Career Advice: Where should you sit at work? This is the secret to success, new research suggests
If you are trying to get ahead at work, you’ve probably already attempted the old standbys, like wowing your boss with fresh ideas and putting in extra hours to prove your dedication. But there’s a different way to fast-track your career — that has nothing to do with how smart you are, how hard you try or how likable you come across: Sitting next to another high-performer.
That’s the key takeaway from a Harvard Business School working paper, which will be submitted to a peer-reviewed journal this month. The researchers found that the “physical location of workers greatly affects performance of peers.” Specifically, if you sit next to a top-achieving colleague, then you are more likely to perform better. Likewise, if you sit next to a toxic worker — defined as someone who ultimately gets fired for harming a firm’s people or property — you’re more likely to see a performance dip.
Assuming many of your coworkers are inspiring, this is a perhaps-surprising upside to the movement toward open office floor plans. And while where you sit is often the luck of the draw, you might have more more leeway than you realize when it comes to surrounding yourself with winners. Full-time employees and freelancers alike can just grab their laptops and head over to collaborative workspaces: Just reach out to your favorite office friends and ask.
The paper also sheds light on exactly which type of high-performing co-workers will be most helpful to you: For optimal results, people with complementary, not identical, skills should be paired together, Dylan Minor, the paper’s co-author and an economist and professor at the Kellogg School of Management, explained in an email interview.
Debunking the “superstar myth”
Top performers, by the paper’s definition, excel in three key areas: productivity, effectiveness and quality. “Effectiveness” includes problem-solving, while “quality” encompasses intangibles like creativity. But few people excel in all three areas. For example, one person may produce top-quality work at a snail’s pace, while another may finish tasks at lightning speed but do a shoddy job.
“Most people think about a superstar on one dimension (e.g., they are really fast, create amazing quality work, or make lots of sales),” said Minor. In reality, “there are not many, if any, that are stars on all dimensions.”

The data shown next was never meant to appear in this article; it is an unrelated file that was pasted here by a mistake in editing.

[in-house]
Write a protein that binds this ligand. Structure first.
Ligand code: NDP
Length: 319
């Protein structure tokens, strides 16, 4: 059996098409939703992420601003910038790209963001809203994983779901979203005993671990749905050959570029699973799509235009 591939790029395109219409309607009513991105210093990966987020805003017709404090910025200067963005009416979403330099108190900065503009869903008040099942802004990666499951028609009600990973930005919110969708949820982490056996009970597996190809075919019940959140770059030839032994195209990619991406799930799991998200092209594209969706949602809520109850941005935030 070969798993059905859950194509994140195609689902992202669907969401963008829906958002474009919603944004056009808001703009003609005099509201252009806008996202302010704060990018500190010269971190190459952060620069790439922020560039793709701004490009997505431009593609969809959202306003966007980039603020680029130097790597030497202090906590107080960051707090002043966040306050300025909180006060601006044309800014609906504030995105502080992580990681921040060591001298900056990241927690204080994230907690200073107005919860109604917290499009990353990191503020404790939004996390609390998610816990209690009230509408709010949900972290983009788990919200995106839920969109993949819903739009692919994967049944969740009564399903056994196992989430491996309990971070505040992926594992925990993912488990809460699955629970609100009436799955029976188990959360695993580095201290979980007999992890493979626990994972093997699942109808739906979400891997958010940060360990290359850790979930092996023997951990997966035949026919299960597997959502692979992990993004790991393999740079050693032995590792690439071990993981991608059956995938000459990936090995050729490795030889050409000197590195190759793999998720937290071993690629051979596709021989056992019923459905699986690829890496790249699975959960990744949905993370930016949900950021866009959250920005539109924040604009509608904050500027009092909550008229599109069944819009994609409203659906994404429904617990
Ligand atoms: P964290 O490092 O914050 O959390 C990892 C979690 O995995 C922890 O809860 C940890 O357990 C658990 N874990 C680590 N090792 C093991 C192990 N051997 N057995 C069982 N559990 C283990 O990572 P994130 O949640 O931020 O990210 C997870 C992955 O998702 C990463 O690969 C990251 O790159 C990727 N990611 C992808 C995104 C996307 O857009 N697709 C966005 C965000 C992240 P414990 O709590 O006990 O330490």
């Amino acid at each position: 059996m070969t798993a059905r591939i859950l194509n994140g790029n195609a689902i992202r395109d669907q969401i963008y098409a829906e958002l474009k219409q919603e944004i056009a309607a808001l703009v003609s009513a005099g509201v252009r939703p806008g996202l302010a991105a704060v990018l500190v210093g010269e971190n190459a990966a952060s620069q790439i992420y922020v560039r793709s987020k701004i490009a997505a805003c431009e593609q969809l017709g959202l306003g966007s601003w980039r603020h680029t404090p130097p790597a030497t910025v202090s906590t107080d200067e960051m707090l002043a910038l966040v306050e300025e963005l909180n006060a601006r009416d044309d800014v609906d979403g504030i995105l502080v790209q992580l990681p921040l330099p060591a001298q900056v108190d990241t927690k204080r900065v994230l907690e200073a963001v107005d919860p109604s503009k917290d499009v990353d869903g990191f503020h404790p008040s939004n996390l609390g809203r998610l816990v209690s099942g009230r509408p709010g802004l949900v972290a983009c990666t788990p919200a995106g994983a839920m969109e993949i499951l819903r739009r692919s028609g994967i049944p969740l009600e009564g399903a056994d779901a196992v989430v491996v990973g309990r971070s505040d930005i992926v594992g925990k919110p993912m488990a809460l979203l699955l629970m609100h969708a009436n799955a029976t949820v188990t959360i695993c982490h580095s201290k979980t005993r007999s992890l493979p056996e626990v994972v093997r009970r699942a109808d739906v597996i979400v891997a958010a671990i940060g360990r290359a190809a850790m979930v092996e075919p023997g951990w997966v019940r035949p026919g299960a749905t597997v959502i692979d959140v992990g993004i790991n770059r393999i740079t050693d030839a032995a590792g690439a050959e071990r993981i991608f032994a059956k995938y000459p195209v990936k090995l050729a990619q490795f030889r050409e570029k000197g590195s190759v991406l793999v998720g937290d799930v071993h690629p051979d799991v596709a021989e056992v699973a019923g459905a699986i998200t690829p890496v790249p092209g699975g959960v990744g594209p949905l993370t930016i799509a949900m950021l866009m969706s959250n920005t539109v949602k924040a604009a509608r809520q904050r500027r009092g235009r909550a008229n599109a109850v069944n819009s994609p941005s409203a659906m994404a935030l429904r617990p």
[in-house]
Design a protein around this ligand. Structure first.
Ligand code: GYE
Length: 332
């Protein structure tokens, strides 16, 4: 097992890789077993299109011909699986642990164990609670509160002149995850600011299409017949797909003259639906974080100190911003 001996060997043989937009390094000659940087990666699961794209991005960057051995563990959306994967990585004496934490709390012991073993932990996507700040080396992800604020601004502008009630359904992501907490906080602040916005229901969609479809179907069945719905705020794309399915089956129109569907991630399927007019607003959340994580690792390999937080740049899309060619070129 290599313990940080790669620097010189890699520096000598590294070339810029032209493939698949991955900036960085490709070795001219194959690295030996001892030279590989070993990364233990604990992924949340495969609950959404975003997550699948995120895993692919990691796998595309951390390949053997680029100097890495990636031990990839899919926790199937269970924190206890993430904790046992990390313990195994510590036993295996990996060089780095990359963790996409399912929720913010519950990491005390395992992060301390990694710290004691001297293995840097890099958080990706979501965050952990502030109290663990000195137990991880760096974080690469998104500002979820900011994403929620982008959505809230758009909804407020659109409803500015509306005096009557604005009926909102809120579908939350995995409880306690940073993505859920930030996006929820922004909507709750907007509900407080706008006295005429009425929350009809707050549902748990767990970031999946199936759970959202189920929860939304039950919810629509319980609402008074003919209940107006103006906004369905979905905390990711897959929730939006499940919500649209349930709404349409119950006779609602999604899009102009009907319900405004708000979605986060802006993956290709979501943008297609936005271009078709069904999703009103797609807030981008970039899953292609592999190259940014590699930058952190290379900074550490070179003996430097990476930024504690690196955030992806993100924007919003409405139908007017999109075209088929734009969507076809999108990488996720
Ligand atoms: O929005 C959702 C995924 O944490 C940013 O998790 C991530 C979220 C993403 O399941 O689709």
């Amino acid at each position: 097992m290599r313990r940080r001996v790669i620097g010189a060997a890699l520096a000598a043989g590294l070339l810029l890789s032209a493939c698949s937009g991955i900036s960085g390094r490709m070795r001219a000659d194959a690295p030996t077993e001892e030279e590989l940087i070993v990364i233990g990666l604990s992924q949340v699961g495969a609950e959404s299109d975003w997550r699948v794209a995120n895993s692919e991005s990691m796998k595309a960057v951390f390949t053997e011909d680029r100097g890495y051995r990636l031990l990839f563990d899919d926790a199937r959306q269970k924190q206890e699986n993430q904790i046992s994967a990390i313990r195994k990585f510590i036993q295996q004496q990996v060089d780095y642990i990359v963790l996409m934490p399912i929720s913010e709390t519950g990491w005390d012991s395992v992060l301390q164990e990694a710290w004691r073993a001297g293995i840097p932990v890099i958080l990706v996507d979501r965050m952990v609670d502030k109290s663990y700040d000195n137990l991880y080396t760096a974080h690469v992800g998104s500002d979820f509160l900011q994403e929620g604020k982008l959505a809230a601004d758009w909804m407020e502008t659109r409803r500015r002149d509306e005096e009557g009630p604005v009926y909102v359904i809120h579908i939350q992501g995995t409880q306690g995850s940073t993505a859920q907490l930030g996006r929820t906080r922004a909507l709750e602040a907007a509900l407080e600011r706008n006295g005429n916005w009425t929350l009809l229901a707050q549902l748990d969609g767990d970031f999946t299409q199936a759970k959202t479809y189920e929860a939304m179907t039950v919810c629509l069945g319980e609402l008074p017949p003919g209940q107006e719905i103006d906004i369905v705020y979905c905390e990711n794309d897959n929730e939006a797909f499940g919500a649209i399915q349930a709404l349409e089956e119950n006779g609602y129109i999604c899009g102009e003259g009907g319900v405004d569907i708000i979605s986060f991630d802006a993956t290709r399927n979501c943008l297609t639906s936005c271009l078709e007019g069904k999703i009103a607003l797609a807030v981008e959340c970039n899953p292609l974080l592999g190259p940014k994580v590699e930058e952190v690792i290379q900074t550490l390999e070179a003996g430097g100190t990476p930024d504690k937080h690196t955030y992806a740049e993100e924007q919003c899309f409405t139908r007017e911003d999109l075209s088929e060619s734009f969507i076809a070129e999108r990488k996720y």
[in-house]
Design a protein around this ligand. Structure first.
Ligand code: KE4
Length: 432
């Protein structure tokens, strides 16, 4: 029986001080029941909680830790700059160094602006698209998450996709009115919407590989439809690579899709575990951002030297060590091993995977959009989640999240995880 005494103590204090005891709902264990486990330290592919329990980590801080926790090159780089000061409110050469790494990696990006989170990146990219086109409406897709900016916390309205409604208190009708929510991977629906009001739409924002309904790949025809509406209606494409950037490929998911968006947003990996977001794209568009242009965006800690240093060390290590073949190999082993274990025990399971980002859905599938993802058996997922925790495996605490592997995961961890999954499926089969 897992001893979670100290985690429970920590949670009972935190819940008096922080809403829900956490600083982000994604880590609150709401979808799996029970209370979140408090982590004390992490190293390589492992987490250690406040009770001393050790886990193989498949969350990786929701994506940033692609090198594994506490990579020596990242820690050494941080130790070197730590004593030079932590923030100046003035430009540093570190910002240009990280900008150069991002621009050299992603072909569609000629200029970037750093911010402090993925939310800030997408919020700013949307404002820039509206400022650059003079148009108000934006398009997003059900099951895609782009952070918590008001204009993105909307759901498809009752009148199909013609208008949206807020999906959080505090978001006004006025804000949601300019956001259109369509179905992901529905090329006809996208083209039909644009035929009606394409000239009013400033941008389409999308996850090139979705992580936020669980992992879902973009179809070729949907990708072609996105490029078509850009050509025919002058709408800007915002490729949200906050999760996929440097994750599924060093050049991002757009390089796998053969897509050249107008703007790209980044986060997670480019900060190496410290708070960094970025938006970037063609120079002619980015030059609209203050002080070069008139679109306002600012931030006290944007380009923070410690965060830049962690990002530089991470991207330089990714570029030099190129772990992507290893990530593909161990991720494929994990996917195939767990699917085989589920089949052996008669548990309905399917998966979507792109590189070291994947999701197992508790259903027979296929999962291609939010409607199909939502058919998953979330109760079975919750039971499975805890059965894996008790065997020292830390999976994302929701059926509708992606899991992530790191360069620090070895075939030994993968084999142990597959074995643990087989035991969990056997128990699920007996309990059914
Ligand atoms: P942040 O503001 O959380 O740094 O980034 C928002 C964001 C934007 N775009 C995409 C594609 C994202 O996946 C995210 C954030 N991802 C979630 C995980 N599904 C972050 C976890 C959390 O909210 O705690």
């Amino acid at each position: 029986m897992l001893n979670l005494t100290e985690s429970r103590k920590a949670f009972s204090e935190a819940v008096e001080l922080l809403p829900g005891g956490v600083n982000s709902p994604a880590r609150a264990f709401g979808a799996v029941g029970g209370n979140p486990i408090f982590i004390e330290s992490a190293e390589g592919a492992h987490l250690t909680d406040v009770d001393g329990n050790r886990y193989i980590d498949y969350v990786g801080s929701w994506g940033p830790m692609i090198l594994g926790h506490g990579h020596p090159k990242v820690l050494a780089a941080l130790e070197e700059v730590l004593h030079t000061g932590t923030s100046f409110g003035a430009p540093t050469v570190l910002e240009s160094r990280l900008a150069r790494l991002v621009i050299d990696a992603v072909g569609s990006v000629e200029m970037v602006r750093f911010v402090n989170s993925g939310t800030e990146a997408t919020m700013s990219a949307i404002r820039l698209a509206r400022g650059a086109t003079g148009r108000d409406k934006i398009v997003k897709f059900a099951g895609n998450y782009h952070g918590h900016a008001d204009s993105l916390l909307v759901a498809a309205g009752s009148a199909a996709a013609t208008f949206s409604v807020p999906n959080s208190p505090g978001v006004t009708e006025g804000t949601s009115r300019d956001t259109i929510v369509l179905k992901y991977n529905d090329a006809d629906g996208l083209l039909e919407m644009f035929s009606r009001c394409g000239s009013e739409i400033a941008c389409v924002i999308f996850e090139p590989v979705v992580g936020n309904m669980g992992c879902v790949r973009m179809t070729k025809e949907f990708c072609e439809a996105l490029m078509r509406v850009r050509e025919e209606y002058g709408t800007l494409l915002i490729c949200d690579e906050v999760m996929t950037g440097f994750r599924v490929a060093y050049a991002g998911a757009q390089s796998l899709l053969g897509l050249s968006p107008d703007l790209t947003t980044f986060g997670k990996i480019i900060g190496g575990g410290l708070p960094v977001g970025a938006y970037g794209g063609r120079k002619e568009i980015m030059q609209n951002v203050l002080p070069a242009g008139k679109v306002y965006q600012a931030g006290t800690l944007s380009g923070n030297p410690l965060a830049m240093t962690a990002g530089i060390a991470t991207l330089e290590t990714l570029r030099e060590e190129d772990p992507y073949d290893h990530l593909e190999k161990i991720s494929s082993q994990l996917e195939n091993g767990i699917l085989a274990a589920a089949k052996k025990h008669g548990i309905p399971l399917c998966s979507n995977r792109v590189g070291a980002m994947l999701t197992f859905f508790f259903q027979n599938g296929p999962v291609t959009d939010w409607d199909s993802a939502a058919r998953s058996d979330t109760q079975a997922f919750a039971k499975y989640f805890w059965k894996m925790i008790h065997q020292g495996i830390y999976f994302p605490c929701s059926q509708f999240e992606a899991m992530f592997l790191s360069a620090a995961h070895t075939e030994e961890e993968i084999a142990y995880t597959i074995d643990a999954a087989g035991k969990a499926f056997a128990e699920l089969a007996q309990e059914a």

While the absence of all-around superstars runs contrary to the thinking behind many employee-ranking methods, it presents an opportunity for helping workers to improve in areas where they fall short of managers’ expectations. For example, the authors found that placing employees who excel in quality next to those who excel at speed — with average workers paired together as well — led to a 15% overall performance improvement across the organization. “In short, symbiotic relationships are created from pairing those with opposite strengths,” the authors wrote.
Of course, it’s natural to want to sit next to people who are very similar to you. But if you want to get ahead and improve on your weaknesses, that might actually not be the best idea. Instead, find a buddy who is good at what you’re not: You’ll learn from each other — and make a new work ally, of which you can never have too many. “As worker, what you want to do is find people that are good at things that you are not as strong in and that are weaker in your areas of strength,” Minor said. “Together, you will both achieve more.”
Avoid this coworker at all costs
No matter where you sit, it is best to steer clear of toxic co-workers. The paper noted the authors’ previous research found “the magnitude of the effect of a toxic worker vs. a superstar worker is much greater,” meaning, as much as sitting next to an inspiring office pal helps, sitting near a problem coworker hurts more. Out of 2,454 workers studied, 2% (45 people) fell into this category. Not only can a toxic co-worker dampen your morale, they may also increase your chance of getting fired.
Now, the authors acknowledge that their sample of 2,000-some workers at one technology company is limited — and that additional research is needed to add to their findings. What’s more, the paper did not look closely at soft skills, like how well you communicate and get along with others. That’s crucial.
“I believe soft skills are more important than ever,” Minor said. While they affect your effectiveness, the paper didn’t measure them directly.
No matter what your biggest work goals are, check out the Payoff’s career coverage, from how to find the best job for your personality type, to how to reduce work stress and network your way to a new job — to how to improve on both productivity and soft skills... so you end up being the office high-performer that everyone wants to emulate.
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